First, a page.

> I understand it was not a new title, something I think could have been exploited a bit to actually conceal the prometheans, IMHO. In this instance it is most likely weighed which is more valuable to the game, pre game hype over a new enemy or the post launch hype after it is discovered. I feel the ladder is more important in the long run and can pay off bigger in the end. The bar doesn’t have to be set low, but hiding something major can be beneficial to the game, the player, and publicity which all translate to a more post launch sales.
That’s nonsense. If you haven’t enticed people to play your game with new content then you haven’t made any case for them to buy your game. Maybe you pick something up on the back end with those people who change their minds about that other Halo game but in that you’re having to fight expectations, rather tahn feeding off of them
> So your solution to my issue with having known about a major plot point before release was to avoid the vast majority of all media leading up to it? Does this sound reasonable let alone feasible to anyone else? It sounds ludicrous to me…here were commercials and pictures of the promethians prelaunch plastered a lot of places.
I did. It wasn’t that hard at all. Well actually I did pick up on a picture of the knight and the word “promethean” but those hardly spoiled the twist for me (which IMO focused around finding the Didact, rather than fighting more advanced forerunner AI’s. Despite the comparison the end of mission 2 wasn’t a flood moment, nor was it intended to be considering the space (end of 2, start of 3) there was between reveal and opening fight.)
> The marketing dept. doesn’t need to go dark, but teasing at something to be revealed, a new enemy, with maybe sound bytes, flashes of orange light, etc. There are other ways to sell the game and the “newness” without spilling the whole bucket. But yes perhaps in the future I will avoid any and all pre launch vid docs, etc. to a game I highly anticipate. Avoiding that extra content is possible. Avoiding everyone I know spilling it…not as much.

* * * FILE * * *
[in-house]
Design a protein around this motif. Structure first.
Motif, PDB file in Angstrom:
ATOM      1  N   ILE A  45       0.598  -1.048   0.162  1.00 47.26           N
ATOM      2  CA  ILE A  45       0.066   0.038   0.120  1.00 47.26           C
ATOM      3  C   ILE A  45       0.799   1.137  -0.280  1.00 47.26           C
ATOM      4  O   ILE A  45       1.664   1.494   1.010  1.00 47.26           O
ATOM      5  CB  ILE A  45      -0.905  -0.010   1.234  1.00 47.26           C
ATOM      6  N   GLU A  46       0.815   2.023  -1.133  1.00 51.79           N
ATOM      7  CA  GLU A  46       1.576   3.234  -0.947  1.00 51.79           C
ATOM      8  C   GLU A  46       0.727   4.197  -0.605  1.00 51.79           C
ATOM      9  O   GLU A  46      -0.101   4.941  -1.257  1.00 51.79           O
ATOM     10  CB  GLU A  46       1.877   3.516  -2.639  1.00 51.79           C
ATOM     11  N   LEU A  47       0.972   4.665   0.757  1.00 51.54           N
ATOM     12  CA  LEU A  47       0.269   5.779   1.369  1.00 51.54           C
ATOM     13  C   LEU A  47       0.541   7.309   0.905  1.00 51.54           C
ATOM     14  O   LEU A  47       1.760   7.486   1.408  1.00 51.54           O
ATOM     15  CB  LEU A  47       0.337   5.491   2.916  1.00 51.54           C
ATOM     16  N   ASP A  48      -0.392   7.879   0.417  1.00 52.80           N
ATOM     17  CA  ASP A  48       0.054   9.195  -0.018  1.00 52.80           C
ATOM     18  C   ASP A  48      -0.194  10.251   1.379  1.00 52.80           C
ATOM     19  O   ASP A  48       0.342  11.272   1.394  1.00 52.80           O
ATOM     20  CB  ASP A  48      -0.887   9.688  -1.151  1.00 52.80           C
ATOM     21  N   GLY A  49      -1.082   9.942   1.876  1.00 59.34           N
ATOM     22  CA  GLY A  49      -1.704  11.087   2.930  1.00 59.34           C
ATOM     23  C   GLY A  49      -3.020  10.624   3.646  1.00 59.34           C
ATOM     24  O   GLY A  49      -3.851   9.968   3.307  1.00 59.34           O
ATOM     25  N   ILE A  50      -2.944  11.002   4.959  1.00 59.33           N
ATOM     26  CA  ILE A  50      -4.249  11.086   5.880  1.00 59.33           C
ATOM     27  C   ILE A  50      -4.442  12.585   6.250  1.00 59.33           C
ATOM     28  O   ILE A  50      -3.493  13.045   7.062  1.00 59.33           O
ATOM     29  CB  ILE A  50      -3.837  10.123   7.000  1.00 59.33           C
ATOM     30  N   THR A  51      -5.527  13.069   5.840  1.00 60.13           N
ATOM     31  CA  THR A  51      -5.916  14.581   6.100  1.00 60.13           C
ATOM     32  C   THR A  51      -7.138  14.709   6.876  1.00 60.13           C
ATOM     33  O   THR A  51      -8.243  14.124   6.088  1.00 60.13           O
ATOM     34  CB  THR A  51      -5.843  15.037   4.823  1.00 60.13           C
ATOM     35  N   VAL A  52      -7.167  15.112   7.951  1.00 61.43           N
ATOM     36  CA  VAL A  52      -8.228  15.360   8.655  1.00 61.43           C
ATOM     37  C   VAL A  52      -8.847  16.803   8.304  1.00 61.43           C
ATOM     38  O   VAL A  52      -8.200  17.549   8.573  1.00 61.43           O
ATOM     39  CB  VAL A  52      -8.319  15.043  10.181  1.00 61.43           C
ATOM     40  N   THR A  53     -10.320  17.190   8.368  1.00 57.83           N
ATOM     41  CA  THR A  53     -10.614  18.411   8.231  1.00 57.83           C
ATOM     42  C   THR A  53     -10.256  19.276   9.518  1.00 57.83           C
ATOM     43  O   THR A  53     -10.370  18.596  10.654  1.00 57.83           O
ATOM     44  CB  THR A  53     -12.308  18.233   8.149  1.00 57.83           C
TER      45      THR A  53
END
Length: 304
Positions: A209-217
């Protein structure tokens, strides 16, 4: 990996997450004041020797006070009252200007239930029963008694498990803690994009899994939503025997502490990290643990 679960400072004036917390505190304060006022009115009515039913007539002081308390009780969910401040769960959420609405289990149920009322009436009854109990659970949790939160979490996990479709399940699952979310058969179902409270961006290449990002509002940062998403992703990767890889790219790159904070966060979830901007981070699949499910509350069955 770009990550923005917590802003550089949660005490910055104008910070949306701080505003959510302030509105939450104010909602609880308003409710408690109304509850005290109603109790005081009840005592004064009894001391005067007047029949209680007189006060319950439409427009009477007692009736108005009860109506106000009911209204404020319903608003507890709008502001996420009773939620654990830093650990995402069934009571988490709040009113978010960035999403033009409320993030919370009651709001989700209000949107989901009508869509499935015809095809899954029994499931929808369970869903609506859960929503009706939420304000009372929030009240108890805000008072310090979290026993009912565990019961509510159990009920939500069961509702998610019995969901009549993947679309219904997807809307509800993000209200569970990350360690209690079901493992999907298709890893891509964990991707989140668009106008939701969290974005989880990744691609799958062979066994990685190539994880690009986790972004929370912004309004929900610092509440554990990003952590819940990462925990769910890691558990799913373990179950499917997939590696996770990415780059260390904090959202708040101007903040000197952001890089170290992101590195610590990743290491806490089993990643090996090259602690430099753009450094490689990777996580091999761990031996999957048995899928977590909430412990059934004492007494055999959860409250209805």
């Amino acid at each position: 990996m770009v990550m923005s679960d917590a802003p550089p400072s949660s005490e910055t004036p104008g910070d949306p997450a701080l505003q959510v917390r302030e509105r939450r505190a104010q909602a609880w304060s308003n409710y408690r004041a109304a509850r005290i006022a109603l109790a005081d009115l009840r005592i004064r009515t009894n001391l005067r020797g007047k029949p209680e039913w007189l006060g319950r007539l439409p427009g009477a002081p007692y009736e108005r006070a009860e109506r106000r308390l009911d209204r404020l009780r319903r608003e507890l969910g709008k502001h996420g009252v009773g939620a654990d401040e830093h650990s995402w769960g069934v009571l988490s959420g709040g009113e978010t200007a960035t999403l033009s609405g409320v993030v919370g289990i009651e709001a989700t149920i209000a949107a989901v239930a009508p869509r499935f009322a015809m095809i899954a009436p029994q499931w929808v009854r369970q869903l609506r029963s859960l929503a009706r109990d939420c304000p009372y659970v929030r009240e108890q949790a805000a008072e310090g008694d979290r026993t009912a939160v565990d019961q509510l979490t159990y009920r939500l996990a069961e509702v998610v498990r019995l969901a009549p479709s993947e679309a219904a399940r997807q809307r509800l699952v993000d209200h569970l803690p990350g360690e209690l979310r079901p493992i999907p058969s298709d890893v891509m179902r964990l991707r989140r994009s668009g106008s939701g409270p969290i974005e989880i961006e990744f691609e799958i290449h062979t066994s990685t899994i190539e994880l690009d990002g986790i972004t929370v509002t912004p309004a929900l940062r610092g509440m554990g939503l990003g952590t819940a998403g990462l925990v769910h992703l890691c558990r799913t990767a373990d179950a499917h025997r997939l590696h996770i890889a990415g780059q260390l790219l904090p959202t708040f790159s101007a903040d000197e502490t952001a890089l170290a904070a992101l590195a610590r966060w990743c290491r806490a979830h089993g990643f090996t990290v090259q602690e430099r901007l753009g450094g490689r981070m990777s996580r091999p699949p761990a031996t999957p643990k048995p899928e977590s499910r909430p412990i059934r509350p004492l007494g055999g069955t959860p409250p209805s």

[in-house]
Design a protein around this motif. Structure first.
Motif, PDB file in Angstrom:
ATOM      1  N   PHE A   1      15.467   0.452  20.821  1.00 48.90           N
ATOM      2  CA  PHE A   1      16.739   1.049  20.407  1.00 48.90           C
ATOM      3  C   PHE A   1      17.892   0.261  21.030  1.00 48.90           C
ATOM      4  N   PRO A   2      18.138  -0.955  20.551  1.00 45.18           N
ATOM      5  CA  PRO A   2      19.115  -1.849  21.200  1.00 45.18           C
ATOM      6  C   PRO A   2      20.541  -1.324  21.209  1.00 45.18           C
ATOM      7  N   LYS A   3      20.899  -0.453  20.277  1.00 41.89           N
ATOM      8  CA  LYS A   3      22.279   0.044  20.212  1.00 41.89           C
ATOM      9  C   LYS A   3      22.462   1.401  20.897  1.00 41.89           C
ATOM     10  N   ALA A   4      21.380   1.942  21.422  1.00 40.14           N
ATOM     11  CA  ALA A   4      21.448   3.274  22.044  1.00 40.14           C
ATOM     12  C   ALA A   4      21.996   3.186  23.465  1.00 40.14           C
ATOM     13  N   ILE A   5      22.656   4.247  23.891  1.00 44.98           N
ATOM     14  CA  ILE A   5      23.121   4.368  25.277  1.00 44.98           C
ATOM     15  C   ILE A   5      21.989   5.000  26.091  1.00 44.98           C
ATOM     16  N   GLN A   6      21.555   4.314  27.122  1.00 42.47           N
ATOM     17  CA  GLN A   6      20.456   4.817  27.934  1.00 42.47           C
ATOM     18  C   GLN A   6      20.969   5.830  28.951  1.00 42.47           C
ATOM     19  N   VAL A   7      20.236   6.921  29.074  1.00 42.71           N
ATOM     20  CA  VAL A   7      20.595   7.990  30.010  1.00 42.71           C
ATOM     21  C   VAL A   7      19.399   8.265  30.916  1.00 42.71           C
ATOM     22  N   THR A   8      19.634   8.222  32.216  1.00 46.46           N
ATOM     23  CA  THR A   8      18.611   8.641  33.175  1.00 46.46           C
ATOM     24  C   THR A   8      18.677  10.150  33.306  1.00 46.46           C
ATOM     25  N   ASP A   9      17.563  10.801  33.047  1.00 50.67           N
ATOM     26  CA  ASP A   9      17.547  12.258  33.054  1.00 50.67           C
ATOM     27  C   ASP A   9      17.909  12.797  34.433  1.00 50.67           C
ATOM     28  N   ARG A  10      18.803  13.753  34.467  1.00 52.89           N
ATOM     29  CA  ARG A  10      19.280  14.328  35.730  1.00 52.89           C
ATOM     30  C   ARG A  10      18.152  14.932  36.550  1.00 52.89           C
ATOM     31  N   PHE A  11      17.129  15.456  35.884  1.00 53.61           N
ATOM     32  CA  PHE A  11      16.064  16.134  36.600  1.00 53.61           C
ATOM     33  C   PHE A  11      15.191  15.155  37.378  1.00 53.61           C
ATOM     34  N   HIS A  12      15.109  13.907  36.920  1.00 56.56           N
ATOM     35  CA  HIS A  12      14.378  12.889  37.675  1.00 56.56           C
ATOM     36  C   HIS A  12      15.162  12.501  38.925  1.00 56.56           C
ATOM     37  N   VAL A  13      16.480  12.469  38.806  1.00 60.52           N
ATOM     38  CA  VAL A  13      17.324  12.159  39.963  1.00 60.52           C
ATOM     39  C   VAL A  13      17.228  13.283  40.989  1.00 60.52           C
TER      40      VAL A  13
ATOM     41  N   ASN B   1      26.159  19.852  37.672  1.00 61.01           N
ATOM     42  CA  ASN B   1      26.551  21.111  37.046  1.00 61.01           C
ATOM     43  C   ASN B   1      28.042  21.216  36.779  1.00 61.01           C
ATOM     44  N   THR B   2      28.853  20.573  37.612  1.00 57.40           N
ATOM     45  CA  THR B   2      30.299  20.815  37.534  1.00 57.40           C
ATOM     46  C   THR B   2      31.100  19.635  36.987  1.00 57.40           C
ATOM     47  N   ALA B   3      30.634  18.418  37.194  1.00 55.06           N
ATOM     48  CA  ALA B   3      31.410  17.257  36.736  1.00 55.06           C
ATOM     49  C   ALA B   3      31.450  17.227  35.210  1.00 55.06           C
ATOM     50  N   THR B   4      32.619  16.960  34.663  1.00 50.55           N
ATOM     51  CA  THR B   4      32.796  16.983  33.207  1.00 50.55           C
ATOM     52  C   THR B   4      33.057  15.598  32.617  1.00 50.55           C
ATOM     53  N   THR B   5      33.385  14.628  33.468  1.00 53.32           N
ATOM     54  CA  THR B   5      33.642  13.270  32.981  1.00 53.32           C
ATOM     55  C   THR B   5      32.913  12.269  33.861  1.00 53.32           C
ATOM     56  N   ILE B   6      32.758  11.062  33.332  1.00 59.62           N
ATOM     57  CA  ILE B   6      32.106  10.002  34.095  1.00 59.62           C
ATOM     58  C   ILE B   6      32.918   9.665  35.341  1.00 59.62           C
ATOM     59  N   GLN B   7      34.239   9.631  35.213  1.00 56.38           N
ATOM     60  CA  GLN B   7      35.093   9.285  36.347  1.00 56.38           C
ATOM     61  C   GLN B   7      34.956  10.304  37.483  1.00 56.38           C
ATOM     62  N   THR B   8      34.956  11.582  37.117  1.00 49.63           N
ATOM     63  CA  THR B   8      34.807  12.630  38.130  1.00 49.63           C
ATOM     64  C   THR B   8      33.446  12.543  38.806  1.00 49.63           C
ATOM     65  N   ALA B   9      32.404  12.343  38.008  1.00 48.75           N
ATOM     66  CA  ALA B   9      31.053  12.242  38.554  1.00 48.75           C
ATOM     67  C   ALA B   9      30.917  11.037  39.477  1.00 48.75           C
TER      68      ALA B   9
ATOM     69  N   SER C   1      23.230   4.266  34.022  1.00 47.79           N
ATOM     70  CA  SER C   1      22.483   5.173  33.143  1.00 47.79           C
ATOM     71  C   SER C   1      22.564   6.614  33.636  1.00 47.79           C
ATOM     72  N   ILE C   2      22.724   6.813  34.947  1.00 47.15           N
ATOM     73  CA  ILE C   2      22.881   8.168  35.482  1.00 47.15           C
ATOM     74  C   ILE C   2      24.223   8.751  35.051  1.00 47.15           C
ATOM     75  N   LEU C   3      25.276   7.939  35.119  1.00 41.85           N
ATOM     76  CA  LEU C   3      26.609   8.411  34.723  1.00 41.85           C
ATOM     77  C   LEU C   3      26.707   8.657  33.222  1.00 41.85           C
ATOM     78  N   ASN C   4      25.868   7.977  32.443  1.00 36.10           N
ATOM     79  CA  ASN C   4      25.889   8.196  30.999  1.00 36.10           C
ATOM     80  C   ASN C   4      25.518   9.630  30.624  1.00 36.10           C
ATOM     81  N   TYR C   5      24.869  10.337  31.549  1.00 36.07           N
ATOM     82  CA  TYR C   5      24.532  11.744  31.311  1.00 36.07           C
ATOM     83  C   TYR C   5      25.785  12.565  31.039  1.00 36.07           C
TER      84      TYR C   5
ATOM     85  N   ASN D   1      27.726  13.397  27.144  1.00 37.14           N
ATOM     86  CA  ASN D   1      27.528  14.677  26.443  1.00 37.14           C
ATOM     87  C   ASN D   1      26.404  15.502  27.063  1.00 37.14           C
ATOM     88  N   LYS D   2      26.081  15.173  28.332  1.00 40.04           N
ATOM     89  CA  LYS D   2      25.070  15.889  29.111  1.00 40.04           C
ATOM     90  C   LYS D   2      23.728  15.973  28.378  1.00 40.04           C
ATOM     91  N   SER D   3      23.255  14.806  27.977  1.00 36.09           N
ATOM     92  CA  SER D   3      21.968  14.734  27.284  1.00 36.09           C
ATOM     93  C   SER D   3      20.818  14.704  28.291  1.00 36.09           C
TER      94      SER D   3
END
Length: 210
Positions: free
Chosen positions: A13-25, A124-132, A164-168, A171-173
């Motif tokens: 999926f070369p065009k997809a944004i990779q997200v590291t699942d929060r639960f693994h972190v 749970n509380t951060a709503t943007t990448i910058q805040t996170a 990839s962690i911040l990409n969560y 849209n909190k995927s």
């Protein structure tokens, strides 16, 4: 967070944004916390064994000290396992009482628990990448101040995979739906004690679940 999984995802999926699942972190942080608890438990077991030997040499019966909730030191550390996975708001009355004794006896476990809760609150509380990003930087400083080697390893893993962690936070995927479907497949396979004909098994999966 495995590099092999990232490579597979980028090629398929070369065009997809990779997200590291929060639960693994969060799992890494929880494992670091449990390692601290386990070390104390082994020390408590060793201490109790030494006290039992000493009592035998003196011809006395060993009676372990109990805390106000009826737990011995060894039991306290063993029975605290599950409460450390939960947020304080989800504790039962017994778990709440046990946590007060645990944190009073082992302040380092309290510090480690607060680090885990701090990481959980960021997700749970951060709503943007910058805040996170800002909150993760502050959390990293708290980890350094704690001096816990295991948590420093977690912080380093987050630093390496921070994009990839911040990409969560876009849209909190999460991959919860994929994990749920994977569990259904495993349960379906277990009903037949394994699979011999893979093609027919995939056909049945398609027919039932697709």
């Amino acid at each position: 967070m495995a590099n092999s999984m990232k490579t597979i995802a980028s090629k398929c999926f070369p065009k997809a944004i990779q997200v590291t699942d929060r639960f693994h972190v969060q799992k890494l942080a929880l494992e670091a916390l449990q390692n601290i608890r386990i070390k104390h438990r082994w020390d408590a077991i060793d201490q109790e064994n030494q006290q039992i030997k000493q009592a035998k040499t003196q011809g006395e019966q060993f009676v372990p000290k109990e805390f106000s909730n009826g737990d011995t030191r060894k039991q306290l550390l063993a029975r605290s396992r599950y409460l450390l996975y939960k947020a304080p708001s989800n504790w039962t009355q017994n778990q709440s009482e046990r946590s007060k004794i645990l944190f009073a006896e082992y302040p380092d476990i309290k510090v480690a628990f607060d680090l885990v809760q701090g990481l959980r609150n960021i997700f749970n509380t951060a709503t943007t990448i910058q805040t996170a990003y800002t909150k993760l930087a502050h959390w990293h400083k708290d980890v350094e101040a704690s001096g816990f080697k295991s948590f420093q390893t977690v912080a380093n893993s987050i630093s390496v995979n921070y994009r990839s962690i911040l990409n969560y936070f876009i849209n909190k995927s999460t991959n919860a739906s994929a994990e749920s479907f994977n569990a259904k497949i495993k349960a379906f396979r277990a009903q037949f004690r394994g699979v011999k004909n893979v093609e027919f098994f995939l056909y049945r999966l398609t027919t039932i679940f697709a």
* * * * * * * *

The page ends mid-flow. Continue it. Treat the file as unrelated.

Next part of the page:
There are other ways but are those going to be as lucrative as the major point of “what this game is ultimately going to be about”? Is forge 3.0 going to entice as many people as new -Yoink- to shoot for the first time since Halo 3? For that matter if you hide the things we kill most in this game you’re selling people a view of Halo 4 which doesn’t actually hold true. Rather than be elated some people might actaully be disappointed that the grand grunt killing action that they expected and 343 gave little hint wasn’t going to be the main feature was side-showed by the distinctly less comical prometheans. The best comparison I could make here is the game Brink which tried to sell it’s story when in truth the devs were holding back a Team Fortress wannabe. And as you can find for yourself that wasn’t well recieved, apart from the game being -Yoink- generally, because it was fighting expectations.
So there’s that issue to consider as well as your total pitch being less powerful than if you make the best, and most representative, case for Halo 4 and let people who don’t want to be spoiled take things into their own hands.